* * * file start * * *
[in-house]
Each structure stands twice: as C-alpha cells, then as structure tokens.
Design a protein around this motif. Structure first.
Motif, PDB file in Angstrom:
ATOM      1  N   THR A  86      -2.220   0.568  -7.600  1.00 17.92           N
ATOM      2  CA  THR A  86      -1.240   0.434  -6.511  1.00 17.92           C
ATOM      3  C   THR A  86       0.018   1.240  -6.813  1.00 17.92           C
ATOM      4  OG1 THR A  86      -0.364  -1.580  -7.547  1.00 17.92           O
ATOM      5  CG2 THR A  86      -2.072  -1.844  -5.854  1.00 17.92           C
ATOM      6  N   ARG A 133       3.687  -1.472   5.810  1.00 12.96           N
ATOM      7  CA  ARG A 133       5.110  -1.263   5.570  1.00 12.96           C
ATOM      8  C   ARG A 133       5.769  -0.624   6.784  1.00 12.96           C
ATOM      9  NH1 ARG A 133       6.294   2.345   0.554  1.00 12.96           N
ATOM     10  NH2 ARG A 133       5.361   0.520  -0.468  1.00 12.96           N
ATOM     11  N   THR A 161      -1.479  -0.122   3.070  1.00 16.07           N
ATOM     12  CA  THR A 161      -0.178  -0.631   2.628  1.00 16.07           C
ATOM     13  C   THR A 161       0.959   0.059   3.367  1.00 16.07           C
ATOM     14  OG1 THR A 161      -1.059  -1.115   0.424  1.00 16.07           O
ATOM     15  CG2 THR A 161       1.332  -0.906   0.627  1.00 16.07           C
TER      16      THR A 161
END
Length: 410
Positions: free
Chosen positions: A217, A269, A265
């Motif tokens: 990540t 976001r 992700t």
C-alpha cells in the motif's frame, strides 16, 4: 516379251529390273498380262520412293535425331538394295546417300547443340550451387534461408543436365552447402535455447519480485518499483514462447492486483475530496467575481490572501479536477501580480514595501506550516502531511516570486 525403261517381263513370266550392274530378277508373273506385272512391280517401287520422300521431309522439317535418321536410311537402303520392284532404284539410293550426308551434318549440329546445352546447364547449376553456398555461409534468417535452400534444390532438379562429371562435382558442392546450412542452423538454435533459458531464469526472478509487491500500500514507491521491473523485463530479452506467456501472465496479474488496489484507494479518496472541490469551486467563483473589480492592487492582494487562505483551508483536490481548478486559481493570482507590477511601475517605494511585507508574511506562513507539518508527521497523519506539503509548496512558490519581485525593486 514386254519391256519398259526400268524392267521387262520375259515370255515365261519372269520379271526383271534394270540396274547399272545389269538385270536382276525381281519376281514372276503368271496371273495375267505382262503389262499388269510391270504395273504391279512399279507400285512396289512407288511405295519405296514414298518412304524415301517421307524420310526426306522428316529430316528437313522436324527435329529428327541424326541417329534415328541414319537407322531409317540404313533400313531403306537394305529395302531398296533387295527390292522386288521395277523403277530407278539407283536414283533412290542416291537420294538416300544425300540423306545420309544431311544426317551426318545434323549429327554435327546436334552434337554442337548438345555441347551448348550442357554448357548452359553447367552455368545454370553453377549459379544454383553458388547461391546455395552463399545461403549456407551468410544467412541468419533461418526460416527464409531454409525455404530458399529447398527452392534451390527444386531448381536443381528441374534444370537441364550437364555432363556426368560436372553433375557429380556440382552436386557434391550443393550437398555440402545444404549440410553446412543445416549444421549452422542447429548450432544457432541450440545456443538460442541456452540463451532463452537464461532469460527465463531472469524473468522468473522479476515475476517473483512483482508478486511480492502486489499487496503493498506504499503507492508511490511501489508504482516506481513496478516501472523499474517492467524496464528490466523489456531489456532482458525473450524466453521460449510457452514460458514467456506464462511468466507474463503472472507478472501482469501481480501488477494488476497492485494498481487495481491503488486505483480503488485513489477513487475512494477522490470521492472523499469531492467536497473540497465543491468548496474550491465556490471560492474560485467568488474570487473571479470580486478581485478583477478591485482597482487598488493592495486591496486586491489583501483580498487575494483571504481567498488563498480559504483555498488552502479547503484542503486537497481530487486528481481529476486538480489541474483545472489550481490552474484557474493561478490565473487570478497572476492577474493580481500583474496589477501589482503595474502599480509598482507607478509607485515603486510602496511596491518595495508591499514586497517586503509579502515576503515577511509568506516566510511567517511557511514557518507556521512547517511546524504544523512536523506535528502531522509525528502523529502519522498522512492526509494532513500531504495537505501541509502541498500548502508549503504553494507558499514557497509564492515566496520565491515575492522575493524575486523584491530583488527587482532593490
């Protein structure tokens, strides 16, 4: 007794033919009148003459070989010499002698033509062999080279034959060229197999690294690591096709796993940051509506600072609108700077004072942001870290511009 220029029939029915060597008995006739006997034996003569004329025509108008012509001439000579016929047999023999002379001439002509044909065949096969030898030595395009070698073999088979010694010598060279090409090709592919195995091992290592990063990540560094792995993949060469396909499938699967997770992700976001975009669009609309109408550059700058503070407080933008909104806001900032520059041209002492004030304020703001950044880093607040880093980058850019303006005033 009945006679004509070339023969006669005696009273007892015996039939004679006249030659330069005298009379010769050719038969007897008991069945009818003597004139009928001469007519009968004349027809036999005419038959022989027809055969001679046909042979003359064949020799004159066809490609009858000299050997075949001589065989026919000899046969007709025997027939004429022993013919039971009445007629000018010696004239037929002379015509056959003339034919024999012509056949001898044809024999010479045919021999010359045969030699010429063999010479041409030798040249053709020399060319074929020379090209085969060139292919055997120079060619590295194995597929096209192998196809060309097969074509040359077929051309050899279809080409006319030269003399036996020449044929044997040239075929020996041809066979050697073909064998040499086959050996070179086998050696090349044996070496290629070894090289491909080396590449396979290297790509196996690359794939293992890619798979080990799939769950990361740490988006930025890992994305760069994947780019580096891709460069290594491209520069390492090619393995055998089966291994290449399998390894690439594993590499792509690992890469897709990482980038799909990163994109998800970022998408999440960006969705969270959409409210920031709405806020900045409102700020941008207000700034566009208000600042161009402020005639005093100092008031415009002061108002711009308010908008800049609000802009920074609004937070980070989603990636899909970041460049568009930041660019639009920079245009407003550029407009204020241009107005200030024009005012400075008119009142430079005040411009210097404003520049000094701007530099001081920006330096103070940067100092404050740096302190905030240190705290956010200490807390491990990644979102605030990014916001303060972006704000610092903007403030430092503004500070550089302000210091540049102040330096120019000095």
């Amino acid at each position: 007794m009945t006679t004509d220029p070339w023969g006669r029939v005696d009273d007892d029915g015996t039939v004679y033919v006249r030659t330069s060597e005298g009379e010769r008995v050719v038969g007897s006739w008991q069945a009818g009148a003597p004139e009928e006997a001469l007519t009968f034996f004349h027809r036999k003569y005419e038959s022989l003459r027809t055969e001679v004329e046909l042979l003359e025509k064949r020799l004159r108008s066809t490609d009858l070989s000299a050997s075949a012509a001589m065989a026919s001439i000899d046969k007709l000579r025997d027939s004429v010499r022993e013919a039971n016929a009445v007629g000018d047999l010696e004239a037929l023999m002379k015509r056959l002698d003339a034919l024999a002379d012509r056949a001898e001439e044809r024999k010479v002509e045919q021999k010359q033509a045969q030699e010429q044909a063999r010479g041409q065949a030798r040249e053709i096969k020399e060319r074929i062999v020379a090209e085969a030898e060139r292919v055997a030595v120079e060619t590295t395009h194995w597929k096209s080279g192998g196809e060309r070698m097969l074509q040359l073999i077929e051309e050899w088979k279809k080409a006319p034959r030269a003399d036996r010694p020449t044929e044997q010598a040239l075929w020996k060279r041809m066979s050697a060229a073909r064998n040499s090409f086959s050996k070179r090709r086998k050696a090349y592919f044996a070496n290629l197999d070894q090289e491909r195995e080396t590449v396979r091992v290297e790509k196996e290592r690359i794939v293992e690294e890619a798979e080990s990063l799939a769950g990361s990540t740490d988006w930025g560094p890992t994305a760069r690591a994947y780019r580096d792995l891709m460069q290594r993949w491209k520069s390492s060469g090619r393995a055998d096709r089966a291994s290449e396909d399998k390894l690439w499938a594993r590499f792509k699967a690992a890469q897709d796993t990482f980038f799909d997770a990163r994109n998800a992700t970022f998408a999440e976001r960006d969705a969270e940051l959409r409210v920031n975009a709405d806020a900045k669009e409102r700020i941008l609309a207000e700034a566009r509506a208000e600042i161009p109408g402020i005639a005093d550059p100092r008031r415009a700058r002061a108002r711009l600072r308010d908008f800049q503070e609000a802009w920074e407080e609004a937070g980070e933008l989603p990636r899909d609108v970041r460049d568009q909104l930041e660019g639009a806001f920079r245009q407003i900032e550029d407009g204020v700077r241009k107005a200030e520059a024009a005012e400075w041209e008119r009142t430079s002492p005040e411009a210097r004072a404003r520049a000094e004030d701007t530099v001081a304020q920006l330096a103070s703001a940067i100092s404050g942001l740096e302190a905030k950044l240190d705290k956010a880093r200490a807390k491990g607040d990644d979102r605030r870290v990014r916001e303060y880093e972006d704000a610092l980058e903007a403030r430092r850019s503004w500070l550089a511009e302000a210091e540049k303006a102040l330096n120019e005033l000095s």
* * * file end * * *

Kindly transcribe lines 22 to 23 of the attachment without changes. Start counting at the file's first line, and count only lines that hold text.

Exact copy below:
Length: 410
Positions: free